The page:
In September 2016, regulators charged Wells Fargo Bank, N.A. (‘Wells Fargo” or ‘Wells’) with opening millions of unauthorized accounts on behalf of its customers. When some of those customers filed class actions against Wells, the bank initially responded by moving to compel arbitration on the ground that the consumers had agreed to arbitrate disputes and waive their class action rights. Because most customers with claims in small amounts would probably have foregone filing an arbitration claim, the effect would have been to leave their damages uncompensated except for the refunding of fees, which Wells agreed to in the consent order it entered into with regulators. The Consumer Financial Protection Bureau (“CFPB” or the “Bureau’) has promulgated a regulation which, if it had been in effect at the relevant time, would have enabled the injured Wells customers to obtain class action relief. But Congress blocked the rule, partly because of free-market economic theory. This Article argues that free-market economics is not sufficient to protect consumers from the type of problem present in the Wells Fargo case for two reasons. First, free-market economics assumes that consumers have complete information while empirical evidence shows that consumers do not understand arbitration clauses, much less that consumers realize that such clauses would bar class actions as to fraudulent accounts of which the consumers had no knowledge. Second, the number of primary checking accounts at Wells consistently increased as the fraud became public, suggesting that the free market did not discipline Wells for its misconduct until regulators intervened, and did so only modestly at that point. It is even possible that by enforcing arbitration clauses as written, free-market economics prolonged the Wells fraud, thus enabling more consumers to be injured. In short, some device beyond the free market is necessary to prevent financial institutions from cheating many consumers out of small amounts. Class actions are one such device, but arbitration clauses, as currently enforced, enable financial institutions to prevent their use, thus reducing their incentive to comply with the law.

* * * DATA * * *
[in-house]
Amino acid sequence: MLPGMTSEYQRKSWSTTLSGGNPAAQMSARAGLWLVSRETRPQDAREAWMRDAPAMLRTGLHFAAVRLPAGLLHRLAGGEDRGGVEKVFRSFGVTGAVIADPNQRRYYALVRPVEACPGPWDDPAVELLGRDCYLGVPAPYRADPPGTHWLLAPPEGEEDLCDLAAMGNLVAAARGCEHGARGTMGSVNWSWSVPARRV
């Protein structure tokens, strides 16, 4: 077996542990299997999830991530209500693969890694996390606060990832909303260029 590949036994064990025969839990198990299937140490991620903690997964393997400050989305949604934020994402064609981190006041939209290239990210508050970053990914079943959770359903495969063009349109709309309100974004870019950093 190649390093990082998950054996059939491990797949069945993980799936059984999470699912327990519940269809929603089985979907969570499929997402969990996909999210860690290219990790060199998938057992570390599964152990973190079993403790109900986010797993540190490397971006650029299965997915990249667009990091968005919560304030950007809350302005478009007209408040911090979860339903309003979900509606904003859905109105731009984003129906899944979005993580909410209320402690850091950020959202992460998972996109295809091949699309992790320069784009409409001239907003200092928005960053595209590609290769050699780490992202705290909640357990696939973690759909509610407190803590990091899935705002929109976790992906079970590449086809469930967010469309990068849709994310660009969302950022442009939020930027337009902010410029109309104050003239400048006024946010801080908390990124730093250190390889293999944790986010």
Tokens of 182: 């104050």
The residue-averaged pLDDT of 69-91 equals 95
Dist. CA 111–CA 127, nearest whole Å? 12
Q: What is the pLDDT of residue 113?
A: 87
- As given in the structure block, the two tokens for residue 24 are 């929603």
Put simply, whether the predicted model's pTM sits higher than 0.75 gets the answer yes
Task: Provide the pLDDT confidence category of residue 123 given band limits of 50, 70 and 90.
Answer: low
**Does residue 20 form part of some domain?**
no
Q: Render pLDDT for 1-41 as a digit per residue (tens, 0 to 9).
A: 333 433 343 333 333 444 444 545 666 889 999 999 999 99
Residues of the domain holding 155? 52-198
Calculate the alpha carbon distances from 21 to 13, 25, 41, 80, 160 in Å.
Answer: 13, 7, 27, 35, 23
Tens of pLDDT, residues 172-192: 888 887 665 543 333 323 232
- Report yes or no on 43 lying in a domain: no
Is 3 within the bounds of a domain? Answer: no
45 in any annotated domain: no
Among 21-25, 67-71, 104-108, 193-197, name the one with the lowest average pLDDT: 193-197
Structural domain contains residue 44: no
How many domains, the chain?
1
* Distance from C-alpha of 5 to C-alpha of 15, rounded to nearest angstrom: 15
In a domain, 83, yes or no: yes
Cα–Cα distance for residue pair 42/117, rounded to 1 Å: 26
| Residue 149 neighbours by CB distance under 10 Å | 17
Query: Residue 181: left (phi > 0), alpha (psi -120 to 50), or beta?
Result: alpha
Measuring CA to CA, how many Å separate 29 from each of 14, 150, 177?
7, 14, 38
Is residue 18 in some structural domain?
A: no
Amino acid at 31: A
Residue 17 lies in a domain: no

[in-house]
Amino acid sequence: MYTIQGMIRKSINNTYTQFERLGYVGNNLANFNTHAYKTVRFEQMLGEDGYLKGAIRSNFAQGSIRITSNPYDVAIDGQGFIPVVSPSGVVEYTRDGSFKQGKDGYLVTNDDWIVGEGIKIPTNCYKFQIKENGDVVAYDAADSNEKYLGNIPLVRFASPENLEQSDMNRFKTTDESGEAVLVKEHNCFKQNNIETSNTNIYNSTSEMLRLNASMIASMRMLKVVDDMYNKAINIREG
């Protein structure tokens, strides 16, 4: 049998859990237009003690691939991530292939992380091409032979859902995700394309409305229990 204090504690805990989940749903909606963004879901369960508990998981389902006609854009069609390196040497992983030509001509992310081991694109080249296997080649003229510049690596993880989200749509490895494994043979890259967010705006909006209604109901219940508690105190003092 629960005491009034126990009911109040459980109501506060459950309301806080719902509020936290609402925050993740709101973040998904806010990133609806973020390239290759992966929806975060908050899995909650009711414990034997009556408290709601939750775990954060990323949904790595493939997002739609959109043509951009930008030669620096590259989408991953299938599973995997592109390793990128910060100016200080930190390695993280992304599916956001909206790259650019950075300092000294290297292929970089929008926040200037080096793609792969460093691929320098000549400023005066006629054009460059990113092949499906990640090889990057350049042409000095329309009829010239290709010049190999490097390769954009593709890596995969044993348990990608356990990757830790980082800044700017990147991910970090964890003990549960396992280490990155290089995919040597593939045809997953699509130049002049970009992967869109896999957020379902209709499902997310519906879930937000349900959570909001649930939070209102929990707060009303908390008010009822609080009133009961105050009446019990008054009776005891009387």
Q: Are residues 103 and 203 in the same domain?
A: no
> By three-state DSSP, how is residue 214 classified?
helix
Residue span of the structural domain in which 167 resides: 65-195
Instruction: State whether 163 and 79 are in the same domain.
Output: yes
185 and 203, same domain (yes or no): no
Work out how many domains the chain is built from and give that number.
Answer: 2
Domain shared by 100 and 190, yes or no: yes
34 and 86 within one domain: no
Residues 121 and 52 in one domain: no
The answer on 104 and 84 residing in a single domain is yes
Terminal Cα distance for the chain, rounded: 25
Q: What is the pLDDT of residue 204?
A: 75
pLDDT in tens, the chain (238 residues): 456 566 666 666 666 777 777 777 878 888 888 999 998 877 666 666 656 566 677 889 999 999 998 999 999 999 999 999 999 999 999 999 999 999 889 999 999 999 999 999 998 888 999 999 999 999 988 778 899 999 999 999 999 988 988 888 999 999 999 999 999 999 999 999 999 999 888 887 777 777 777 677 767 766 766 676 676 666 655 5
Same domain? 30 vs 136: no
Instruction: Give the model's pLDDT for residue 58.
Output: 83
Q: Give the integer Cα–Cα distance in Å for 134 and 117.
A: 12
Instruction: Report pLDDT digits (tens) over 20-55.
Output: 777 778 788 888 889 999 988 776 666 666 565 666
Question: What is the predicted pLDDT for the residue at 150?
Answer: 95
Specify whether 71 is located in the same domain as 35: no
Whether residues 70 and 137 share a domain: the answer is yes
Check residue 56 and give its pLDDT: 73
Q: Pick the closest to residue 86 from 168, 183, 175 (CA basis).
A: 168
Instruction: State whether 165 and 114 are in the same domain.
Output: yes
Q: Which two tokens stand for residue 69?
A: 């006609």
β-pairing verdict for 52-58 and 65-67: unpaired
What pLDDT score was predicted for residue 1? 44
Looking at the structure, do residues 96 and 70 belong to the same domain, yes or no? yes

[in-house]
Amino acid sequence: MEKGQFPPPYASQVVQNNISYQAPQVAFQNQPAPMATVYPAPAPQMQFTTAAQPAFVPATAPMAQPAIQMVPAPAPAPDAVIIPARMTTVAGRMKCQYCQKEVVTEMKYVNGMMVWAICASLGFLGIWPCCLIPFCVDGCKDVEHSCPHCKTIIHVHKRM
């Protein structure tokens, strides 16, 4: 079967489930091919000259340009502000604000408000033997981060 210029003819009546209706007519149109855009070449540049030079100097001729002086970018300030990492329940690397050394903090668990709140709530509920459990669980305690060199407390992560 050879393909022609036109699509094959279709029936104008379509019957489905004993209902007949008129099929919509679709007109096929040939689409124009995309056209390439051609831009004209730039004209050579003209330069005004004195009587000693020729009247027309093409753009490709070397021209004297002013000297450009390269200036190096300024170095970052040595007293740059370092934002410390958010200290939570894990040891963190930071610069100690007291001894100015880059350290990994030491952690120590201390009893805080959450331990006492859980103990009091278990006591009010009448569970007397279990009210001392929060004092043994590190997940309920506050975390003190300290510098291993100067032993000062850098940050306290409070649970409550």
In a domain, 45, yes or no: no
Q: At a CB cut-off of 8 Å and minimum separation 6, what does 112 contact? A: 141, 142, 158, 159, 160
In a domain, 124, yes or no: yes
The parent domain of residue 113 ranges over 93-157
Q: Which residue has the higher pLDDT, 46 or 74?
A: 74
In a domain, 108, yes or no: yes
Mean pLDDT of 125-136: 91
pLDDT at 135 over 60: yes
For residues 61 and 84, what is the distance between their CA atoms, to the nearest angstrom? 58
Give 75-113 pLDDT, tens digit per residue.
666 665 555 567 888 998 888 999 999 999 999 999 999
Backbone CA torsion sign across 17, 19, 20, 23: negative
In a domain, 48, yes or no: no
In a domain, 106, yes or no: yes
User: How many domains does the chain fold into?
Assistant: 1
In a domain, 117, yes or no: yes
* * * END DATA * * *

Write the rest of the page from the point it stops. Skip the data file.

Elizabeth C. Tippett & Bridgett Schaaff